fbpx

PROFILE

MY SUBSCRIPTION

LOGOUT

x

The latest industry news to your inbox.

    

I'd like to hear about marketing opportunities

    

I accept IQ Magazine's Terms and Conditions and Privacy Policy

Organisers of AJ Tracey Manchester gig fined £10,000

The organisers of a surprise AJ Tracey gig have been fined £10,000 after huge crowds gathered in a park in Manchester to see the rapper perform.

In a video posted on Twitter afterwards, the British rapper said that he hadn’t expected so many people to turn up to Platt Fields in south Manchester yesterday (18 April) afternoon.

Photos and video footage show hundreds of people standing around basketball courts inside the park, with police appearing to monitor the situation.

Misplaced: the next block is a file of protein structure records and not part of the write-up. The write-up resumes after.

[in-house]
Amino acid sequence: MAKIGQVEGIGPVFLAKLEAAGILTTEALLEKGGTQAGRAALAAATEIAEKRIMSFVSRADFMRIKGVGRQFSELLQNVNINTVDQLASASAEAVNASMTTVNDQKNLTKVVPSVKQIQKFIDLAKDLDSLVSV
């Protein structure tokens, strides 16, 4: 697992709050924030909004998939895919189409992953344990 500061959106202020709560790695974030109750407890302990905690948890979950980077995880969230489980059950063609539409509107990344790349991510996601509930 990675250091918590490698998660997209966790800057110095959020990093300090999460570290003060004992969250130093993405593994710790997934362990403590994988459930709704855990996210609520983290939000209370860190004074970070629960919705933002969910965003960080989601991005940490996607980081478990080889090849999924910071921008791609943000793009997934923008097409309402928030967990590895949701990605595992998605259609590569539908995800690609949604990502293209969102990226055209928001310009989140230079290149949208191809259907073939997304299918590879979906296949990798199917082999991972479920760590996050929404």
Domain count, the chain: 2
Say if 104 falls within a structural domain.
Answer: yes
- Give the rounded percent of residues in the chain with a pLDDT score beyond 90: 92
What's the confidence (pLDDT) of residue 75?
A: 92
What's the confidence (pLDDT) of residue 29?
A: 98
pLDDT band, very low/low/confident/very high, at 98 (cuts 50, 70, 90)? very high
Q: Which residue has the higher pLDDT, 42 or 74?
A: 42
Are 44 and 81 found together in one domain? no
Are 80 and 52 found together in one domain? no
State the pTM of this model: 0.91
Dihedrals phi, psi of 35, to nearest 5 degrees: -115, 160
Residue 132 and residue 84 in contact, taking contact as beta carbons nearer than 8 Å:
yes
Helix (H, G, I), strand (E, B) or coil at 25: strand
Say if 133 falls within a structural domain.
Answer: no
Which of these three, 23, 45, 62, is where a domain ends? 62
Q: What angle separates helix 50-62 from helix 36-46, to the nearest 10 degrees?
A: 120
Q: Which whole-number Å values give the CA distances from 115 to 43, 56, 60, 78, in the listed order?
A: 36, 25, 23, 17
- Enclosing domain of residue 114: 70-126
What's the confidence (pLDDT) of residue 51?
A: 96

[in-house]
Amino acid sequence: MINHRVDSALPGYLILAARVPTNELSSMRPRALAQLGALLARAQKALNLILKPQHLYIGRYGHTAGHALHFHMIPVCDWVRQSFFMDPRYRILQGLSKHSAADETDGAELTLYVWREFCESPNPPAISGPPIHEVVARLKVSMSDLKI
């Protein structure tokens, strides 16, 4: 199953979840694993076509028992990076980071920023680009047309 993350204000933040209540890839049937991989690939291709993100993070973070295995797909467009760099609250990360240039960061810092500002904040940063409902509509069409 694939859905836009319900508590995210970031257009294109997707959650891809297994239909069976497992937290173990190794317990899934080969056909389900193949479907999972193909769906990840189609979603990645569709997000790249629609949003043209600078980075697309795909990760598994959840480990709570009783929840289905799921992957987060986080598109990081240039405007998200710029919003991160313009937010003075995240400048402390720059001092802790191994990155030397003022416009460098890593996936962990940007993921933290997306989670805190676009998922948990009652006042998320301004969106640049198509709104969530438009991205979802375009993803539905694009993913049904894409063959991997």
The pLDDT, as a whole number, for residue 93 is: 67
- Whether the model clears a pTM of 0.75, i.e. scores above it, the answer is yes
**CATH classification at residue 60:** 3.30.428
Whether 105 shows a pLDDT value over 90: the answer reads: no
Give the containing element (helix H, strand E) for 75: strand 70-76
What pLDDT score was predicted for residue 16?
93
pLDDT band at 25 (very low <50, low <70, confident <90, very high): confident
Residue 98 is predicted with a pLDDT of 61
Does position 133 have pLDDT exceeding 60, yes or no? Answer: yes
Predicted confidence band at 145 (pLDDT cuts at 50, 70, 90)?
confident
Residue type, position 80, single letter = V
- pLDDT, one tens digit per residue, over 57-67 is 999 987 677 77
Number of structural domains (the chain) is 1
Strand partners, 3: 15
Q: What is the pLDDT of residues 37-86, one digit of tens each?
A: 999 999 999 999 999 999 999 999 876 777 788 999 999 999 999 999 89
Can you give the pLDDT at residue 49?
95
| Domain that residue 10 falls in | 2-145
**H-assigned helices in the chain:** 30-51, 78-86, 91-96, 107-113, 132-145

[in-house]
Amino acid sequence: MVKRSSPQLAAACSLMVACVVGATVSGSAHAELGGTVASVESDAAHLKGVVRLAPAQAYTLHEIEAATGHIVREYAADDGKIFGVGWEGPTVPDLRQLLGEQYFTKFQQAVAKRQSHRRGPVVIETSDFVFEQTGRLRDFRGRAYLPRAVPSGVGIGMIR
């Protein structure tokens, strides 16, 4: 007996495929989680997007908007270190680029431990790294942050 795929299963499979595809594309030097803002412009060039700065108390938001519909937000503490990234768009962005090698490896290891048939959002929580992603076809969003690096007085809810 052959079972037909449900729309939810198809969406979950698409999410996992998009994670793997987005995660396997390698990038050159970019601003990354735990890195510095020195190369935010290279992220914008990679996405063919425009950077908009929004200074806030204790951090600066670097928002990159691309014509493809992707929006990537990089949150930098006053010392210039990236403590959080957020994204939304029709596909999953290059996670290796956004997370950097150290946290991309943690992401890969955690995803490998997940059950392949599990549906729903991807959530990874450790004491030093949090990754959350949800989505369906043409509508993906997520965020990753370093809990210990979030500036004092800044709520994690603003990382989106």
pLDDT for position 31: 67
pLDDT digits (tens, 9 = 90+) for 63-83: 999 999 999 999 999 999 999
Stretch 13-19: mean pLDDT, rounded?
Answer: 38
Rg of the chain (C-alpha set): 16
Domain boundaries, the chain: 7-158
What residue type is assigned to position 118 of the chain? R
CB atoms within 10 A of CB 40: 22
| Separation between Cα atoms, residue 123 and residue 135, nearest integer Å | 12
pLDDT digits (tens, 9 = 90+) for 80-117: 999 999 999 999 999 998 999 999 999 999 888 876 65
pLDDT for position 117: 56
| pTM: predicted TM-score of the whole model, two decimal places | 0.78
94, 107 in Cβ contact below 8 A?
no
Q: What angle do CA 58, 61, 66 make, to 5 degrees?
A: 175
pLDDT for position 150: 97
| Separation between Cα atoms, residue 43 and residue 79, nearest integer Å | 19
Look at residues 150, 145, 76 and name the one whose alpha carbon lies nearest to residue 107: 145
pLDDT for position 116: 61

Greater Manchester police have now confirmed a £10,000 fixed penalty notice has been issued to the organiser for breaching coronavirus legislation, the Manchester Evening News reported.

AJ Tracey in the building – showing love to Manchester! 🙌🏾🙌🏾🙌🏾

Big up ✅✅ 👏🏾👏🏾👏🏾

Posted by Kemoy Walker on Sunday, April 18, 2021

 

The British rapper was reportedly in Birmingham beforehand and had planned to visit Bristol afterwards but has now cancelled the mini tour.

“Big love Manny [Manchester] and Brum [Birmingham], thank you for coming out. […] It’s not going to be safe for me to come to Bristol. I didn’t expect that many people to turn up in Manny and genuinely, yeah man, this is not okay for me to go ahead. I’m gonna head home to London,” AJ Tracey said in the video.

It is not known whether AJ Tracey performed in Birmingham, but he was spotted signing CDs of his new album Flu Game at record shop HMV.

 


Get more stories like this in your inbox by signing up for IQ Index, IQ’s free email digest of essential live music industry news.

Brazilian singer arrested after unlicensed show

A popular Brazilian singer has been arrested after playing an unlicensed, non-socially distanced concert in a school last week.